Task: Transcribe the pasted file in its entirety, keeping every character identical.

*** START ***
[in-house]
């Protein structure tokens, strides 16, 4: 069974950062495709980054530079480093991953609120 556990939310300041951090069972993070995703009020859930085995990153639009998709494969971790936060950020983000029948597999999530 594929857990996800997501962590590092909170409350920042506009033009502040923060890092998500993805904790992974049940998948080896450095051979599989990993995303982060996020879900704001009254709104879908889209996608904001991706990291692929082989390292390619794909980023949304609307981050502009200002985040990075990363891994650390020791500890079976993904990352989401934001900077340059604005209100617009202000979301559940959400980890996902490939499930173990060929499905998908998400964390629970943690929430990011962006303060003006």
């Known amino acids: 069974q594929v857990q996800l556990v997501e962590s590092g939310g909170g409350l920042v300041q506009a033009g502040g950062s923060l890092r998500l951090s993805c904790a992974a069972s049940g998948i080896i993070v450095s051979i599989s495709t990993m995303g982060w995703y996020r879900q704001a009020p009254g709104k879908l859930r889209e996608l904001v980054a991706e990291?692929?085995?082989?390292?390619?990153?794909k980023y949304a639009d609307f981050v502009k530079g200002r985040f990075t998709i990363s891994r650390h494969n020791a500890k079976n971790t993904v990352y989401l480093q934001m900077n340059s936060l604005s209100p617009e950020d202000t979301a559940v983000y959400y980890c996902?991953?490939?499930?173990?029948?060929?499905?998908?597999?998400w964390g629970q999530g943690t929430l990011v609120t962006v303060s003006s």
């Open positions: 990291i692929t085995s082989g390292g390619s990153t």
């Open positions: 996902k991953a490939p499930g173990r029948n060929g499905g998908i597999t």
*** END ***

[in-house]
């Protein structure tokens, strides 16, 4: 069974950062495709980054530079480093991953609120 556990939310300041951090069972993070995703009020859930085995990153639009998709494969971790936060950020983000029948597999999530 594929857990996800997501962590590092909170409350920042506009033009502040923060890092998500993805904790992974049940998948080896450095051979599989990993995303982060996020879900704001009254709104879908889209996608904001991706990291692929082989390292390619794909980023949304609307981050502009200002985040990075990363891994650390020791500890079976993904990352989401934001900077340059604005209100617009202000979301559940959400980890996902490939499930173990060929499905998908998400964390629970943690929430990011962006303060003006």
């Known amino acids: 069974q594929v857990q996800l556990v997501e962590s590092g939310g909170g409350l920042v300041q506009a033009g502040g950062s923060l890092r998500l951090s993805c904790a992974a069972s049940g998948i080896i993070v450095s051979i599989s495709t990993m995303g982060w995703y996020r879900q704001a009020p009254g709104k879908l859930r889209e996608l904001v980054a991706e990291?692929?085995?082989?390292?390619?990153?794909k980023y949304a639009d609307f981050v502009k530079g200002r985040f990075t998709i990363s891994r650390h494969n020791a500890k079976n971790t993904v990352y989401l480093q934001m900077n340059s936060l604005s209100p617009e950020d202000t979301a559940v983000y959400y980890c996902?991953?490939?499930?173990?029948?060929?499905?998908?597999?998400w964390g629970q999530g943690t929430l990011v609120t962006v303060s003006s």
């Open positions: 990291i692929t085995s082989g390292g390619s990153t």
């Open positions: 996902k991953a490939p499930g173990r029948n060929g499905g998908i597999t």